Objectives: Insurance has been largely absent from the landscape finance agenda. Yet, as risk management specialists and major universal investors, the insurance sector has much to offer to and gain from resilient landscapes. To date, much of the focus on insurance in the landscapes and REDD+ context has been predominantly associated with covering the risks associated with forest and REDD+ projects themselves, such as political, commercial and market risks. Far less attention has been paid to the broader sustainability risks in emerging country contexts that affect landscape investments and the potential role of the insurance sector in driving better risk management practices.
This session drew on expertise from the insurance sector to build clarity on the challenges and opportunities for investors and insurers to manage downside risks of landscape investments and enable landscapes investments at scale. Specifically, the session aimed to unpack ‘landscape investments’ and discuss the range of risk solutions and insurance products that could be applied to develop improved risk reduction.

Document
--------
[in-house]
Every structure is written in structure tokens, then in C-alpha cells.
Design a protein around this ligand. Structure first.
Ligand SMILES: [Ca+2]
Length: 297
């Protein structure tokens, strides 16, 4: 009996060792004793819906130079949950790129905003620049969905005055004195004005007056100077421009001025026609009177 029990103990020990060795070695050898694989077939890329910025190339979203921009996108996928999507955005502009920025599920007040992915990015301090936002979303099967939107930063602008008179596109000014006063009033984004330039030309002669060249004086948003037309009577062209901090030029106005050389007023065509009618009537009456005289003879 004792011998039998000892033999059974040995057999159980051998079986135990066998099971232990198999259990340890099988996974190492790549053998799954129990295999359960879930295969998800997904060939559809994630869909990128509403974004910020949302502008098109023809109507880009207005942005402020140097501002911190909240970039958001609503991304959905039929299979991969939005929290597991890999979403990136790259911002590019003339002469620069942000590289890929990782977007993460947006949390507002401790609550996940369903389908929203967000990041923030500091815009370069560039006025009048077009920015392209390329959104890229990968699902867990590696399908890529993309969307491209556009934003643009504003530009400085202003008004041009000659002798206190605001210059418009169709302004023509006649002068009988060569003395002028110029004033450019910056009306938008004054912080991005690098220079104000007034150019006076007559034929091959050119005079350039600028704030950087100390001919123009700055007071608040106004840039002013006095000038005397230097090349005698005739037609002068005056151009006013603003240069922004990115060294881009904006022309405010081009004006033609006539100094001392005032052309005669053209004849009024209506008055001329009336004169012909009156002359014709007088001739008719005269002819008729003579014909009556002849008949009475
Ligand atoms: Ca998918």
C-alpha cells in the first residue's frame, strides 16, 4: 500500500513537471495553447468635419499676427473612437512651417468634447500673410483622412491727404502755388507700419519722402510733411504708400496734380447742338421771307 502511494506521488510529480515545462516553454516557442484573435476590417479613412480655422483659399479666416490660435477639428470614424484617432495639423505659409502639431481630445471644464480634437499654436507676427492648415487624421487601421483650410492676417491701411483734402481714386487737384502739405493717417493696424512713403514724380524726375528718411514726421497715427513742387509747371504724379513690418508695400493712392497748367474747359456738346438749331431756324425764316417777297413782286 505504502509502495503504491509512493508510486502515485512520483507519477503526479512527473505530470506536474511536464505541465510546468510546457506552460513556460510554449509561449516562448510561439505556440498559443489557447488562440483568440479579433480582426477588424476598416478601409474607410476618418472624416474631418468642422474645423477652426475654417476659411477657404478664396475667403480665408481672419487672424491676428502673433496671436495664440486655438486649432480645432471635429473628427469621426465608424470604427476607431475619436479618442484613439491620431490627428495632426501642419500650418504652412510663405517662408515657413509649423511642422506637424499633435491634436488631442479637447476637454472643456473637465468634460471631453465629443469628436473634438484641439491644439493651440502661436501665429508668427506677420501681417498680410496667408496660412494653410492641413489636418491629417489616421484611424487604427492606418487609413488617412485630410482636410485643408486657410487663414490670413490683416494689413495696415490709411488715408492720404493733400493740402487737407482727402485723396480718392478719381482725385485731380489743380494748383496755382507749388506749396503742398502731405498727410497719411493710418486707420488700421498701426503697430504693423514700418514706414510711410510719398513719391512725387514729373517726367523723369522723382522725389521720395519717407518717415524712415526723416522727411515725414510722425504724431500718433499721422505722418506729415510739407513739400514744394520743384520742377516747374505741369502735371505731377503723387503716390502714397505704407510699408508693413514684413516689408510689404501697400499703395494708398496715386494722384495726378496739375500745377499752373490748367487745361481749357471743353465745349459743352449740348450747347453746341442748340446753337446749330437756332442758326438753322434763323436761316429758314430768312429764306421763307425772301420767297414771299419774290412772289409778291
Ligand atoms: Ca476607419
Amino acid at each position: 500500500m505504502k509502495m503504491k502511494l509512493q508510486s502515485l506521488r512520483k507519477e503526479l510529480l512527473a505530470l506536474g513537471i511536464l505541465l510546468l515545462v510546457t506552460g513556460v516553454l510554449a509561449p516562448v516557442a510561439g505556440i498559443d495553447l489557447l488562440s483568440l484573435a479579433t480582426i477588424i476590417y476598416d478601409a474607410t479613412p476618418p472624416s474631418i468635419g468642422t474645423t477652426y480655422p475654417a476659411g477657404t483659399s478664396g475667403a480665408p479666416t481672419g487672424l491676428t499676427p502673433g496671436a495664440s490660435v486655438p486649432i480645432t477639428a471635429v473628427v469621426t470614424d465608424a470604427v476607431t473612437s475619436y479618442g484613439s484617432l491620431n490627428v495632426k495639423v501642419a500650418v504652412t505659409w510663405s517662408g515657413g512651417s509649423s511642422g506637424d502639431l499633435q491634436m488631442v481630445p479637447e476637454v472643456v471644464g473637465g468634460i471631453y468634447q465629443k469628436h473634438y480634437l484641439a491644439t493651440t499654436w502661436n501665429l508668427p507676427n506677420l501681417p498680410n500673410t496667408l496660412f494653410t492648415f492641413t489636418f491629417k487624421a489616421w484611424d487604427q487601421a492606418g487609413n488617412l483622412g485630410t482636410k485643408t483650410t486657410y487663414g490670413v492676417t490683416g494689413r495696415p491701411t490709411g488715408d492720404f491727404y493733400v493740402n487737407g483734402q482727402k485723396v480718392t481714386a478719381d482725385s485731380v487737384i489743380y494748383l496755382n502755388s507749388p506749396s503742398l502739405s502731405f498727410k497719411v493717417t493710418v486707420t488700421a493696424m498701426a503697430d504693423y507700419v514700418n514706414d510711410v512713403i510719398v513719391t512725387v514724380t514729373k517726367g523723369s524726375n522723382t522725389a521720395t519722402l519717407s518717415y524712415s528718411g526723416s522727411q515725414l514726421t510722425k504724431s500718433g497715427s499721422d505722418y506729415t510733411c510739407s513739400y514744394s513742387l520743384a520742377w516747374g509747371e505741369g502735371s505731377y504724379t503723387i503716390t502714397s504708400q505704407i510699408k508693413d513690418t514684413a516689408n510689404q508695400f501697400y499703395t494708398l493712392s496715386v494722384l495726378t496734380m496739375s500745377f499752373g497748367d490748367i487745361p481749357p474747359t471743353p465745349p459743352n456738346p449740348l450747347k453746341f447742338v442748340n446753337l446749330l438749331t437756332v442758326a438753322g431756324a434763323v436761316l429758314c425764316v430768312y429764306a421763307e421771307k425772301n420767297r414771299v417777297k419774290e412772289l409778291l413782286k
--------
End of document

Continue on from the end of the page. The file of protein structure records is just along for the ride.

Key aspects addressed during the session included:
Insurance markets in emerging countries face a number of barriers (such as lack of demand, low risk awareness, low understanding and requirements for insurance), leading to a lack of demand for sophisticated insurance products that could incentivize more sustainable practices.
Private sector finance often perceives sustainability-driven ‘landscape investments’ in emerging country contexts as ‘too risky’.
The insurance sector cannot eliminate risk, but instead, stakeholders must better understand how insurance products and offerings can be structured to improve risk reduction, transfer and risk sharing.
- Innovation Brief – Indonesian Palm oil: Aligning investment opportunities with Indonesia’s corporate commitments to sustainable palm oil (Earth Security Group, 2015)
- African Risk Capacity (ARC) Payouts to Exceed $25 Million (Insurance Journal, 2015)
- Conservation letter 5 (266-273): iREDD hedges against avoided deforestation’s unholy trinity of leakage, permanence and additionality (Conservation letter; 2012)
- Insuring climate resilience: How insurers are responding to climate change. And how they can be part of an effective government response (PSI, UNEP; 2013)